Science Fiction, Cyberpunk, and Hyperfiction

Neal Stephenson's Snow Crash
Rudy Rucker's Live Robots
Shelley Jackson's Patchwork Girl

Neal Stephenson's Snow Crash

Neal Stephenson's Snow Crash, among other themes, explores the notion of information as a commodity. Hiro appropriates seemingly useless information, uploads it to what would now be referred to as the World Wide Web.

He uploads it to the CIC database -- the Library, formerly the Library of Congress, but no one calls it that anymore. Most people are not entirely clear on what the word "congress" means. And even the word "library" is getting. It used to be a place full of books, mostly old ones. Then they began to include videotapes, records, and magazines. Then all of the information got converted into machine-readable form, which is to say, ones and zeroes. And as the number of media grew, the material became more up to date, and the methods for searching the library become more and more sophisticated, it approached the point where there was no substantive difference between the Library of Congress and the Central Intelligence Agency. Fortuitously, this happened just as the government was falling apart anyway. So they merged and kicked out a big fat stock offering.

Information has always been a commodity in one way or another. But with the ease and low cost of information reproduction/duplication that is alluded to in many science fiction and cyberpunk novels, an altogether new information market has been created. The commodification of private experiences.

The business is a simple one. Hiro gets information. It may be gossip, videotape, audiotape, a fragment of a computer disk, a xerox of a document. It can even be a joke based on the latest highly publicized disaster.

Videotape is cheap. You never know when something will be useful, so you might as well videotape it.

People make their living that way -- people in the intel business. People like Hiro Protagonist. They just know stuff, or they just go around and videotape stuff. They put it in the library. When people want to know the particular things that they know or watch their videotapes, they pay them money and check it out of the Library, or just buy it outright.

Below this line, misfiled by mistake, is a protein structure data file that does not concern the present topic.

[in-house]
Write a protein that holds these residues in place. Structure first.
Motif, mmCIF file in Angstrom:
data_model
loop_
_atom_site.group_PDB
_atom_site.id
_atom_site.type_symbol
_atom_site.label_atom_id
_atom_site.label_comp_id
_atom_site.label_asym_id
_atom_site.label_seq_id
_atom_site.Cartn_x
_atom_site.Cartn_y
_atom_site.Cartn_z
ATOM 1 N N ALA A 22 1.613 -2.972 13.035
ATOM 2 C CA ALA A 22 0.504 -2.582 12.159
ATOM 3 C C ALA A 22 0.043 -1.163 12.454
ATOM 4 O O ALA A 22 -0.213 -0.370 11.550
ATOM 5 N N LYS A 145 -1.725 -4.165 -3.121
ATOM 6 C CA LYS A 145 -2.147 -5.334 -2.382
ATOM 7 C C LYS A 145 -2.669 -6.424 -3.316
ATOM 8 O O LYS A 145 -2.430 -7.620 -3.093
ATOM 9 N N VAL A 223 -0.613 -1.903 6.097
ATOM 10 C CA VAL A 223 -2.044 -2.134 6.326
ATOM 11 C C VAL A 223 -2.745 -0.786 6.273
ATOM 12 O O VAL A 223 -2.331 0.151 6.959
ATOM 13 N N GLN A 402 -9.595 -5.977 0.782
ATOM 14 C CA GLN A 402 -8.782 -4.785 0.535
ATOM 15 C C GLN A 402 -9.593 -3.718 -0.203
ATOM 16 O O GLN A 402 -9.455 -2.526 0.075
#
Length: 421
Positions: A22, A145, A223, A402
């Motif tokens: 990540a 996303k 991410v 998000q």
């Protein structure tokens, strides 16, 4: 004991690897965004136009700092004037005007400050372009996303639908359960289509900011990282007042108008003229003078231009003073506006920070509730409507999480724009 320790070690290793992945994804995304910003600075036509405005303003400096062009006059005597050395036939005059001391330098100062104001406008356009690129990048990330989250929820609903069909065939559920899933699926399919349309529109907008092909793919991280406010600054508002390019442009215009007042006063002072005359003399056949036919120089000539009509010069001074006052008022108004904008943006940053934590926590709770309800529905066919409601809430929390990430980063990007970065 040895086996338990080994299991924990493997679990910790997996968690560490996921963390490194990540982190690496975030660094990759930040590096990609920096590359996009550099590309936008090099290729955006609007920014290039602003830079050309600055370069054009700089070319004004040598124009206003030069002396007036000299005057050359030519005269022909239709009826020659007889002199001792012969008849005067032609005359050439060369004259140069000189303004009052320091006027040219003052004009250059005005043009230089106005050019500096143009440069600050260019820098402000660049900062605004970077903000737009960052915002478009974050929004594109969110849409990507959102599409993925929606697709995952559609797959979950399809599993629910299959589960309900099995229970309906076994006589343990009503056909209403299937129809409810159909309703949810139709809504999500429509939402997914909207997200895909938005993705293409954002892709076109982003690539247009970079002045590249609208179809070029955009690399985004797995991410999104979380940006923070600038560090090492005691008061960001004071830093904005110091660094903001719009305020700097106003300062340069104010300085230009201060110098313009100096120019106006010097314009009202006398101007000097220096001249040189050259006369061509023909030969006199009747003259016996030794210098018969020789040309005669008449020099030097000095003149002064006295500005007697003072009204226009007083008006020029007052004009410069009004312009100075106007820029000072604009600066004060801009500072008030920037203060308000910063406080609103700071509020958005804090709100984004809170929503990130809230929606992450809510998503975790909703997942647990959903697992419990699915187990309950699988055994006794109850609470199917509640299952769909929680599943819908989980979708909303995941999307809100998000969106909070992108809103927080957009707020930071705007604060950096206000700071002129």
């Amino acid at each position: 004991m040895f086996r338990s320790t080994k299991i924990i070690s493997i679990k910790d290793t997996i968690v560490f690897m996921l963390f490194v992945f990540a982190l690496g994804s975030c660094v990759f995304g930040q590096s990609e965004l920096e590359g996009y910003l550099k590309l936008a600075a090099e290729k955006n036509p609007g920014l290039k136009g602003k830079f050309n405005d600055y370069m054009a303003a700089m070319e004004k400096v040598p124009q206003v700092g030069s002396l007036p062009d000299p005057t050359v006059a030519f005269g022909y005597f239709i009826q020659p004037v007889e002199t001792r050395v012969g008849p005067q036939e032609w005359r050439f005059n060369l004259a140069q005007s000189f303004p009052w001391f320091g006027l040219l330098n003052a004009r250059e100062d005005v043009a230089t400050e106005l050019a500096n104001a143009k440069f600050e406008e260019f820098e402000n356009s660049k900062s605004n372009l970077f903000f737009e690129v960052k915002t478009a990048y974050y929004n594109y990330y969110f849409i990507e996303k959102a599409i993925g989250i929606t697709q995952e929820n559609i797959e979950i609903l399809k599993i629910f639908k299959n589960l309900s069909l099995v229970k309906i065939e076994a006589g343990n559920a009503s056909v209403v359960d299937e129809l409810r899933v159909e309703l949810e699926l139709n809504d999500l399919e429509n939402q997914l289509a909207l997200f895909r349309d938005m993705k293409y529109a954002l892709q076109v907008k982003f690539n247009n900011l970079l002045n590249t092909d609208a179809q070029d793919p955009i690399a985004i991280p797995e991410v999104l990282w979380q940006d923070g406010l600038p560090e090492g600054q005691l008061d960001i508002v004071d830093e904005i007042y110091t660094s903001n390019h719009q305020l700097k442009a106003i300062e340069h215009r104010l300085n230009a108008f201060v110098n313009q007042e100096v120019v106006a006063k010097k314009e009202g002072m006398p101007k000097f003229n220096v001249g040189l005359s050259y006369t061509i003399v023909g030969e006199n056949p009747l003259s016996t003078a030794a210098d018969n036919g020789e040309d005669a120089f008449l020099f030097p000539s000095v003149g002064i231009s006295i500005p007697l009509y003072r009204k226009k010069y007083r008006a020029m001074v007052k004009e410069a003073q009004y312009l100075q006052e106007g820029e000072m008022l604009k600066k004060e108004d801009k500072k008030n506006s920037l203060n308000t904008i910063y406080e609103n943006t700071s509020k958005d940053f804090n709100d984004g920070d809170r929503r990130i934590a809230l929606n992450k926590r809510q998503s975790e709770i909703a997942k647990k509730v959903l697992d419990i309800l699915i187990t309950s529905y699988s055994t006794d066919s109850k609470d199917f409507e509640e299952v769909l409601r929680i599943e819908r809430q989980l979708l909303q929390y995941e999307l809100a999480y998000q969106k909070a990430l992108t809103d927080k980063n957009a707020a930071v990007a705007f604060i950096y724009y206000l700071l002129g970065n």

With the ability to store tremendous amounts of information at an extremely low cost, a crucial question comes into play:

Where -- or perhaps, why -- should we draw the line between what is relevant information and what is meaningless drivel?

Rudy Rucker's Live Robots

In Live Robots, Rucker echoes this theme of information replication/duplication with regards to the robot's memory:

Vulcan had insisted on taping Ralph's core and cache memories before he went out for the meeting. Once Vulcan put the hardware back together, he'd be able to program Ralph just as he was before his trip to Maskeleyne Crater.
So in one sense Ralph would survive this. But in another sense he would not. In three minutes he would... insofar as the words mean anything... die. The reconstructed Ralph Numbers would not remember the argument with Wagstaff or the climb out of Maskaleyne Crater. Of course the reconstructed Ralph Numbers would again be equipped with a self symbol and a feeling of personal consciousness. But would the consciousness really be the same? Two minutes.

Disregarding for a moment the fact that Ralph Numbers is a robot, Rucker touches on one of the themes of Memory, Inc. That is, to what extent do the two minutes erased from Ralph's memory affect his consciousness? To what extent is our identity defined by our experiences, even the most seemingly trivial actions?

In Software, the ability to decode the human brain is still difficult and dangerous. Simply recording information is one thing; copying the thought patterns, separating neuron link-ups and so forth, is quite another. Among the robots, there is already a blurring of identifies in that they can essentially access each other's thoughts.

What is to say that the same process cannot be mimicked in humans? In Snow Crash the CIC acts as a database of random, individual experiences. But such experiences, such information, is still external. What happens when such information can be purchased and appropriated as one's own? What happens when different people can have common -- that is, identical -- memories and experiences?

Shelley Jackson's Patchwork Girl

Re-reading Shelley Jackson's Patchwork Girl in the context of the works we had studied in "Cyberspace, Virtual Reality, and Critical Theory" was perhaps my most eye-opening experience of the semester. We studied her hypertext extensively last semester in EL111, but perhaps my interest, at that time, lied primarily in her use of the new medium, the manner in which she cleverly juxtaposed different stories and identities within one text.

In any case, back in November of '95, I missed the point. Or perhaps a point. Because after reading, watching, and hearing about the cyborg, cyberspace, and critical theory for a semester now, my read of Patchwork Girl is infinitely more enlightening and relevant to my study.

And perhaps more importantly, it was only after studying Patchwork Girl for a second time that I could piece together the various parts of English 112 and define it in my own terms.

(Of course, my take on the course is a rather narrow, personal one indeed, and casually leaves out a lot of what we studied. But I like it nonetheless.)